High-rise public housing that works


by Maya Dukmasova

The Goldberg variation: High-rise public housing that works

Bertrand Goldberg’s Hilliard Homes opened as a model community in 1966. It still is today.

The first tenants moved into Bertrand Goldberg’s Hilliard Homes 50 years ago this fall. - ORLANDO CABANBAN

  • The first tenants moved into Bertrand Goldberg’s Hilliard Homes 50 years ago this fall.

It was July 1966, and Chicago architect Bertrand Goldberg was celebrating his 53rd birthday at the construction site of his latest development. Although not yet complete, the four concrete towers of the Raymond Hilliard Homes emerging just east of Chinatown already had what would come to be Goldberg’s signature bulbous, organic shapes, reminiscent of corncobs or honeycombs.

Goldberg, likely dressed in the gold suspenders, speckled shirt, and gold sneakers he often wore for such occasions, had the construction site decorated with Japanese lanterns strung up on bulldozers and other heavy equipment, and set trays of canapes out on two-by-fours. His 50-odd guests, culled from the city’s social, cultural, and business elite, chatted and danced to live music. Some even donned hard hats, but as the night wore on and fear of falling construction debris was subdued by gin martinis, the hats disappeared.

Goldberg was at the peak of his career, having already garnered international acclaim for his now-iconic Marina City, a city within a city meant to showcase the wonders of dense, urban living to an American public increasingly fleeing to the suburbs. And years later the architect would clearly remember one of his wealthy guests strolling up to him at the party, looking around the site, and asking: “Why can’t you build this for us?”

Unlike the recently completed Marina City, Hilliard Homes was a public housing project, intended to shelter not the well-heeled elite but the poorest of Chicago’s citizens. Goldberg designed the two 17-story round towers for senior citizens, and the two 22-story crescent towers for families with children. His goal was to demonstrate that public housing didn’t have to be bleak, ticky-tacky boxes like the ones that dotted the landscape to the south of the site.

Eventually, upon its completion, the grounds of the Hilliard Homes would be planted with honey locust, maple, and flowering crabapple trees. A community center would be built for activities ranging from literacy classes for the elderly to dances for teens. A playground with slides, swings, and concrete animal figures for climbing would be situated within easy view of the mothers who would come to look down from the open-air gallery hallways. A drag- racing path for bikes would wind around the periphery. Goldberg was particularly proud of a sunken amphitheater at the heart of the site that could seat 800 people, “a first in public housing” the Chicago Housing Authority Times declared in January 1966.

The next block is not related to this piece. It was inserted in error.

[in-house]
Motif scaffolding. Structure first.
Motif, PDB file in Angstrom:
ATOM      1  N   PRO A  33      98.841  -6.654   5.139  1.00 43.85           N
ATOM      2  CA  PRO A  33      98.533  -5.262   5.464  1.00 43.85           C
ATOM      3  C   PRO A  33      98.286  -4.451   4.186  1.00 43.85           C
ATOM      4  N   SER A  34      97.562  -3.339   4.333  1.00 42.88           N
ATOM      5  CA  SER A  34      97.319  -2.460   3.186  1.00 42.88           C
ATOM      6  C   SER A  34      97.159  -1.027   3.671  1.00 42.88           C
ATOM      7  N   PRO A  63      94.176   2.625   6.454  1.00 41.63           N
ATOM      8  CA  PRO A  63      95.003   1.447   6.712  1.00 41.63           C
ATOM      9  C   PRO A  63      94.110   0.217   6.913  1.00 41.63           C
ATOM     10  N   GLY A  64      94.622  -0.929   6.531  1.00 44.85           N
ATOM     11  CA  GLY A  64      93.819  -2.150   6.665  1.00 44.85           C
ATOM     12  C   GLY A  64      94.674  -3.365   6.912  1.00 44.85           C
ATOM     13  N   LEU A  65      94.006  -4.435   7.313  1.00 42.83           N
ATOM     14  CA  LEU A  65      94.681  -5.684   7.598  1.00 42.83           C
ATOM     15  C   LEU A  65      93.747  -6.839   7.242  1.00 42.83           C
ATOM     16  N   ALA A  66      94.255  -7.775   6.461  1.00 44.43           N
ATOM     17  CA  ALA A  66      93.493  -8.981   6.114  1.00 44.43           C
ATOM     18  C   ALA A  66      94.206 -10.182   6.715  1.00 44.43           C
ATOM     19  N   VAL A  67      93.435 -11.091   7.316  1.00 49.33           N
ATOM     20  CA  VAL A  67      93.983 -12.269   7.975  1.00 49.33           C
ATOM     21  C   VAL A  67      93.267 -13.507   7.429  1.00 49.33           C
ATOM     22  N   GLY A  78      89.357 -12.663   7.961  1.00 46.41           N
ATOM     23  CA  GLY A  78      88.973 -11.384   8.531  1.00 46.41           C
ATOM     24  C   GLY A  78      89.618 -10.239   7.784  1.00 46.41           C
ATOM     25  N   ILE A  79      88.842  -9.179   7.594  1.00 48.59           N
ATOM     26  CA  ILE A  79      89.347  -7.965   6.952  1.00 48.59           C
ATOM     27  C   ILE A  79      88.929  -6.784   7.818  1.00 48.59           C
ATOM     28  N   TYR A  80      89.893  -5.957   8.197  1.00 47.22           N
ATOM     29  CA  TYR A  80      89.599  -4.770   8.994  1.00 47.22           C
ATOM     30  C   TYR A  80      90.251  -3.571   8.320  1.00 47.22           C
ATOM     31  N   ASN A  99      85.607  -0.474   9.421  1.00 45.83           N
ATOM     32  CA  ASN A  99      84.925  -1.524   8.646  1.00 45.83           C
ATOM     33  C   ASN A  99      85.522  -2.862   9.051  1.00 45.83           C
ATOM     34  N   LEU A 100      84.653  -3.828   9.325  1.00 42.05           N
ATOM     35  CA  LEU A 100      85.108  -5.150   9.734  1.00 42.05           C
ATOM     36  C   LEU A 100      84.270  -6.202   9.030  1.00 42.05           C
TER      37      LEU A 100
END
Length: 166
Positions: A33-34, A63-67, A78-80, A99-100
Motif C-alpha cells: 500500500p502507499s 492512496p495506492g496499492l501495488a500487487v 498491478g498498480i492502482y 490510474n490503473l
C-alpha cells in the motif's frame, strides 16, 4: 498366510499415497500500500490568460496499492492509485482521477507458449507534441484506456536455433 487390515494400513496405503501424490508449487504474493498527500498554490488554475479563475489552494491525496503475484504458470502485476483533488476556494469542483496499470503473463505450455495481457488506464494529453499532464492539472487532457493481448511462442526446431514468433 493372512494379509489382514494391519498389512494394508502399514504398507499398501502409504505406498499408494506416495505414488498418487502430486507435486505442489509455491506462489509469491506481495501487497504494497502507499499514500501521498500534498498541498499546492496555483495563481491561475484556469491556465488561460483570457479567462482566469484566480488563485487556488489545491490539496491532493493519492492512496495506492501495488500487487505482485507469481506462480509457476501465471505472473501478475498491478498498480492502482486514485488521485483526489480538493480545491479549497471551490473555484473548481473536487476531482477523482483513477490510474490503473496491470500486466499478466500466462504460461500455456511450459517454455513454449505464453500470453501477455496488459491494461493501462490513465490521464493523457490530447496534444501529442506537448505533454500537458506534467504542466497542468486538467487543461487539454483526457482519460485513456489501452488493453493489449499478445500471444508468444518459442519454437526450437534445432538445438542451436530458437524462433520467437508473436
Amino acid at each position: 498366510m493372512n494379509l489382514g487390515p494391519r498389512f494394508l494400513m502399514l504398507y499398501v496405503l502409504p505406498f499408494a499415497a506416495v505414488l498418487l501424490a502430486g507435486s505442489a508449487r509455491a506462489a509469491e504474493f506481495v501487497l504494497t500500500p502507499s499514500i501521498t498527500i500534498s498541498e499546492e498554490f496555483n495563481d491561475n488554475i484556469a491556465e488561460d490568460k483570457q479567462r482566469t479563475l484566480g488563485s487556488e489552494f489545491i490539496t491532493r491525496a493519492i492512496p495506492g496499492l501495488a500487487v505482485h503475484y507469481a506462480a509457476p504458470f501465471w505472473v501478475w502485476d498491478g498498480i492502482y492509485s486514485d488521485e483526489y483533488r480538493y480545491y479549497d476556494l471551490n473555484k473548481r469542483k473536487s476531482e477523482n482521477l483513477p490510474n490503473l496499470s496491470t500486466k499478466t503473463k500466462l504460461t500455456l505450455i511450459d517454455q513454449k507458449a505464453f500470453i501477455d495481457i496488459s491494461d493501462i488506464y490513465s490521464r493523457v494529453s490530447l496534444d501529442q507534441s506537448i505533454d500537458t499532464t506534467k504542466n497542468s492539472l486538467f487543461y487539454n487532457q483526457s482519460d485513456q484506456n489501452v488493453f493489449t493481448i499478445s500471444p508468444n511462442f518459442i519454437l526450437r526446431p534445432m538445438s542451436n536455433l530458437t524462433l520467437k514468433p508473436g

“I hope that the people who will live in these units will not feel that because they are poor they are being punished,” he explained at the completion of the project.

But less than a decade after Hilliard opened, America began to embrace the idea that high-rise public housing doesn’t work. This mantra has been repeated countless times by politicians, planners, and policy makers alike, ever since the televised demolition of the Pruitt–Igoe development in Saint Louis in 1972. The notion that high-rise public housing is inherently flawed gained so much traction that by the 1990s the federal government launched a National Commission on Severely Distressed Public Housing. The commission determined that public housing high-rises in most cities were in such poor condition that the only way forward would be to demolish them, cementing the notion in the minds of observers across the country that high-rise buildings weren’t viable spaces for poor families.

Chicago’s own so-called Plan for Transformation—the 1999 overhaul that ultimately led to the demolition of two-thirds of the agency’s housing stock and nearly all of its high­rises—was predicated on the commission’s findings. Most of the CHA’s buildings failed the U.S. Department of Housing and Urban Development’s viability test, which meant to determine whether it was cheaper to rehab a property or demolish it and give all the tenants Section 8 rental vouchers.

But while the towers of Cabrini-Green and the Robert Taylor Homes were torn down, Hilliard conspicuously survived. Today the quality of life at the development flies in the face of conventional wisdom about high-rise public housing and serves as a call to reexamine the root causes of dilapidation and despair at CHA’s more infamous projects.

“Hilliard is here to prove to you that it can work, and will work,” as one longtime resident puts it. “It depends on management.”

Completed in 1966, the Raymond Hilliard Homes were the CHA’s final attempt at high-rise public housing. - ORLANDO CABANBAN

  • Completed in 1966, the Raymond Hilliard Homes were the CHA’s final attempt at high-rise public housing.

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